Someone recently told me about how he encourages his 86-year-old mother, whom he lives with, to use her home blood pressure monitor every day and record her readings in a notebook. He said that doctors had prescribed her medication to lower her blood pressure, which she did not like to take. His solution was to turn to traditional Japanese medicine which he explained is tailored to the individual’s body, rather than western medicine which relies on a universal concept of the body. He was able to track the success of this approach through the home monitoring kit, and now her blood pressure is back to normal. This story reveals how infrastructures of care are made up of various integrated systems – that blockages in the form of non-adherence may reveal alternative routes by which people navigate care and self-care.
I am part of a reading group at Osaka University hosted by Gergely Mohacsi and Atsuro Morita. A few weeks ago we discussed Morita’s recent co-edited volume called ‘Infrastructure and Social Complexity’ (Harvey, Bruun, Morita 2017). He explained that a recent focus on infrastructure in social sciences, indeed an ‘infrastrucutural turn’ in anthropology, is a result of infrastructures becoming increasingly precarious and therefore more visible. Ageing infrastructures are becoming more and more tangible as we bump up against cracks in roads and other markers of decay. Infrastructures are systems that should enable things to flow, whether that’s water, electricity, goods, or people. But what happens when people are disconnected from infrastructures, or for whatever reason the flow is blocked?
I began to think about how smartphones are integral to navigating many of the infrastructures that enmesh us, for example through maps that visually place you within an infrastructure of roads, or health apps that extend the infrastructure of a national health service towards more individualised care. However, as digital technology becomes more integral to health services will people with limited access (through lack of digital literacy, or affordability for example) face increased marginalisation from infrastructures of care? And how are health professionals to identify blockages in the flow of care before it’s too late for individual patients? In such cases where care is not received, it is not only the infrastructure which is revealed to be vulnerable, but individuals themselves.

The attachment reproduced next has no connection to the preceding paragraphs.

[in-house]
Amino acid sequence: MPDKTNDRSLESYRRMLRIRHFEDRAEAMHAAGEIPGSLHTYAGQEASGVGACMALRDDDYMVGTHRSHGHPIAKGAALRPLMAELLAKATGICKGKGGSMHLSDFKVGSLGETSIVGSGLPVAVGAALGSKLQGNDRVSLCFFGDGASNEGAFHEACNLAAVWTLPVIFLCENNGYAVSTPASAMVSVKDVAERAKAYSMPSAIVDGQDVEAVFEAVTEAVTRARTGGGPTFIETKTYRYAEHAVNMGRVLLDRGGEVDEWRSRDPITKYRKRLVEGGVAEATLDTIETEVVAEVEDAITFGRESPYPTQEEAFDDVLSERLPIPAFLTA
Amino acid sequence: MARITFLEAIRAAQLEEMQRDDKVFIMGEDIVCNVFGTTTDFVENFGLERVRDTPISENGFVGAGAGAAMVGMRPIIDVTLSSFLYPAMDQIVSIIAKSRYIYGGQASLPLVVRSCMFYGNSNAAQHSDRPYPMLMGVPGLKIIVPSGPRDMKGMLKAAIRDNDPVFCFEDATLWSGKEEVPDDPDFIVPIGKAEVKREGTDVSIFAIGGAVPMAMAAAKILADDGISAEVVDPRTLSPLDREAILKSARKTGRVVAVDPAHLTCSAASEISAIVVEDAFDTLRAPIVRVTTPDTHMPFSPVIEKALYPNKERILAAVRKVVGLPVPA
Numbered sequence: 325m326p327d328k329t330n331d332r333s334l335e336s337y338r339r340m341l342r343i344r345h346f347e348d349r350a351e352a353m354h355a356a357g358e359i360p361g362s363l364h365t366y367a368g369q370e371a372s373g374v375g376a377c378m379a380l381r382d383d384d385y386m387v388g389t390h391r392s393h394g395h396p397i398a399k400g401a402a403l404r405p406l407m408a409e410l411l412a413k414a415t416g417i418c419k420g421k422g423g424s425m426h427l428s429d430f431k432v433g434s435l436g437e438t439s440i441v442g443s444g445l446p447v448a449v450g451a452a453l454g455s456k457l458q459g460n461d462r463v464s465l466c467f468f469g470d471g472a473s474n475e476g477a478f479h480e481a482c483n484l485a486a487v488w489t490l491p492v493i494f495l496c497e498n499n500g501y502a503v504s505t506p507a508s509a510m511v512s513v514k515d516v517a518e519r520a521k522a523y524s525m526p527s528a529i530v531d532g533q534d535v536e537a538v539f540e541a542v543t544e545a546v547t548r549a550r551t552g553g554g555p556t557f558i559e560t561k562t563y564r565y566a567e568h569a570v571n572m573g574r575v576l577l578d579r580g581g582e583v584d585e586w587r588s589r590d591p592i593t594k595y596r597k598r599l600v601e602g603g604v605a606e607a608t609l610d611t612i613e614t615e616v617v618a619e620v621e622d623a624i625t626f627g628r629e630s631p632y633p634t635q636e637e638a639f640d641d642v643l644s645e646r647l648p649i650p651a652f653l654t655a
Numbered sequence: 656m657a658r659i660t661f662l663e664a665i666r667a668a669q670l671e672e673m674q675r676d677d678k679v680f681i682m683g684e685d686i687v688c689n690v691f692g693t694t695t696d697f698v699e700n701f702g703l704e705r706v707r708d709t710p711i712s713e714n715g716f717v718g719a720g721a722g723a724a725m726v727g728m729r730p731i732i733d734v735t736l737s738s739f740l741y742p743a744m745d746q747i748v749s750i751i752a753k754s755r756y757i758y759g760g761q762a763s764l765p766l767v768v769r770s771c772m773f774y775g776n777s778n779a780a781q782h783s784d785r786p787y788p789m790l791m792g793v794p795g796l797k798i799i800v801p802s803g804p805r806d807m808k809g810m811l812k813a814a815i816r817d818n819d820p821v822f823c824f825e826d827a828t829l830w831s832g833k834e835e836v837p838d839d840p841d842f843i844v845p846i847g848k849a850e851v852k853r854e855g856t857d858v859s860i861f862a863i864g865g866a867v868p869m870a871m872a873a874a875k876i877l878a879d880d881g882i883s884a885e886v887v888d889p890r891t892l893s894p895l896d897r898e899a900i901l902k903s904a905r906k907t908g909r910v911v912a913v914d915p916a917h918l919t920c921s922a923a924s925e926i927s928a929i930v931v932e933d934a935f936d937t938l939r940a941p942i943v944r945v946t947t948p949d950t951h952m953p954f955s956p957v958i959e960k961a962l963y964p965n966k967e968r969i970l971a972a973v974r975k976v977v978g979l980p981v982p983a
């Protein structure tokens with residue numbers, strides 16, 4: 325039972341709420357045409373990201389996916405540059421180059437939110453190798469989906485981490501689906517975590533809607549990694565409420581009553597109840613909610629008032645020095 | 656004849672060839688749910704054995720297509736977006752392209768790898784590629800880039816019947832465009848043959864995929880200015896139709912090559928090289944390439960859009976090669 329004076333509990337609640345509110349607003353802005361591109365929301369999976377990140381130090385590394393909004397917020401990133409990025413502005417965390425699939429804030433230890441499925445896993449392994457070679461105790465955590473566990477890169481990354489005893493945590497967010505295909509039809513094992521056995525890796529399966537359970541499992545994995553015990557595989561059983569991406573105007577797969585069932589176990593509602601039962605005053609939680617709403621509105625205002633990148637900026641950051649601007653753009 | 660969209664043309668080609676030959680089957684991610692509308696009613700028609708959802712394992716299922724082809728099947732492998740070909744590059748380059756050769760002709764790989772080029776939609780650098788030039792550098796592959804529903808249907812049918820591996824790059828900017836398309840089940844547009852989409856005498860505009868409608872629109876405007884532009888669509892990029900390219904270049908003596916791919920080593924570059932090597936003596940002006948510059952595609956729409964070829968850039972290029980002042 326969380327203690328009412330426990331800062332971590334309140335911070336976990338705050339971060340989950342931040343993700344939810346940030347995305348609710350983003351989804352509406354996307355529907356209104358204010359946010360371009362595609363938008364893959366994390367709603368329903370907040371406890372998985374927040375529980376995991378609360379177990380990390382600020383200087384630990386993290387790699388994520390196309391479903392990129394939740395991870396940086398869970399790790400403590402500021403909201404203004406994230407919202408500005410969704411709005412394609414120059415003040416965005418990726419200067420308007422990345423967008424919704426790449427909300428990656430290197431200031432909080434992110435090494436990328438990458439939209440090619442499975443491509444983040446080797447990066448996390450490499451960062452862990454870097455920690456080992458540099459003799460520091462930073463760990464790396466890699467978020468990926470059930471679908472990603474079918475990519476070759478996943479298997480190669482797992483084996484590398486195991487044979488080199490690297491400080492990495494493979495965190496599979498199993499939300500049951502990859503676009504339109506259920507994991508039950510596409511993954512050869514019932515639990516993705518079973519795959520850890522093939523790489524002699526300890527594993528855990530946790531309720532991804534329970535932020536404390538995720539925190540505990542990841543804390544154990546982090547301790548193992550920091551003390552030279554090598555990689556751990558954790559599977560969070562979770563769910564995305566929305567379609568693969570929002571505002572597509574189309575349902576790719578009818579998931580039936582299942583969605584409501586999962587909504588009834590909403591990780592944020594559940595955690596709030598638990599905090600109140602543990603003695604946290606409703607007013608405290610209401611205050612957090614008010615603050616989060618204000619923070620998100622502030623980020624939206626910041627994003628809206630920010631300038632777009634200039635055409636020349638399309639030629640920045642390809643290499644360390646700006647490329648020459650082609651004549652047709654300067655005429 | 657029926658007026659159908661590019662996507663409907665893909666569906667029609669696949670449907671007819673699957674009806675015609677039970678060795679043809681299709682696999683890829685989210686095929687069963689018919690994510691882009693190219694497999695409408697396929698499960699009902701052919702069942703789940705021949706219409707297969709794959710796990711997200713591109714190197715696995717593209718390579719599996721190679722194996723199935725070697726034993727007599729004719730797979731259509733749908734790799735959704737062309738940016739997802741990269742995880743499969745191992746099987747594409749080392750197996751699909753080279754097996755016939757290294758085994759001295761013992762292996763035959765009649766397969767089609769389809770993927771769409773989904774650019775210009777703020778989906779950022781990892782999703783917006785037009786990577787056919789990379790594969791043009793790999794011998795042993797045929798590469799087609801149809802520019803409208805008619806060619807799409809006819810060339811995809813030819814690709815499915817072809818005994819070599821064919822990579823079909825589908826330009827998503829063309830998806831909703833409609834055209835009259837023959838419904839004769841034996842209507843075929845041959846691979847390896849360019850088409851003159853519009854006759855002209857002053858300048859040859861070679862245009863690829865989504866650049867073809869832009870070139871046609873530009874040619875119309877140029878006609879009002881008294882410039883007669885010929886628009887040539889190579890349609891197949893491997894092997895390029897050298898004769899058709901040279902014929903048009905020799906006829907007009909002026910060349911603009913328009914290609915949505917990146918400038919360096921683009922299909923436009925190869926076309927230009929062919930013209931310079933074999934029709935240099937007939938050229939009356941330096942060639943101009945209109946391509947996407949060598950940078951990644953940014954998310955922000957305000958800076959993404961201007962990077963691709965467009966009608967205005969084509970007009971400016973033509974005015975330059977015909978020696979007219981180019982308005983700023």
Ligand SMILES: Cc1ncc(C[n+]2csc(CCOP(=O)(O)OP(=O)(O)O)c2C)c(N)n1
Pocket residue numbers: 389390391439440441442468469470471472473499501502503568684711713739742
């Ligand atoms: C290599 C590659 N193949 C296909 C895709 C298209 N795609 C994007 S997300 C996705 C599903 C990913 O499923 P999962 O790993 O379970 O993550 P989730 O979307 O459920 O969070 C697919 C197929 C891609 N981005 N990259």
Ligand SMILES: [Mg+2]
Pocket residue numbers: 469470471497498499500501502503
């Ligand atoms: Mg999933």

A couple of days after the seminar I happened to read a newly published article titled ‘Thinking with care infrastructures: people, devices and the home in home blood pressure monitoring’ (Weiner and Will 2018) in which the authors use the concept of care infrastructure to look at the variety of people, things and spaces involved in self-monitoring using a blood pressure device. Their work reveals self-monitoring as a socio-material arrangement that expresses care for self and for others, as opposed to focusing only on the individual and the device: “Specifically, our analysis has drawn attention to the range of local actors and work involved in the practice of self-monitoring, even in the case of consumer technologies. Through this attention to work, monitoring may also come to be seen as involving not just data, but also care amongst kin, family and colleagues.” My intention for my research was always to look at smartphones as situated within wider practices and things including other technologies and people, but thinking specifically in terms of infrastructure expands my scope and gives rise to questions about how multi-layered flows are connected (or not), ranging from state level, to family based care.
Harvey, P., Jensen, C. B., Morita, A. (2017). Infrastructure and Social Complexity. Routledge
Weiner, K. and Will, C (2018) ‘Thinking with care infrastructures: people, devices and the home in home blood pressure monitoring’ in Sociology of Health and Illness 40: 270–282. doi:10.1111/1467-9566.12590.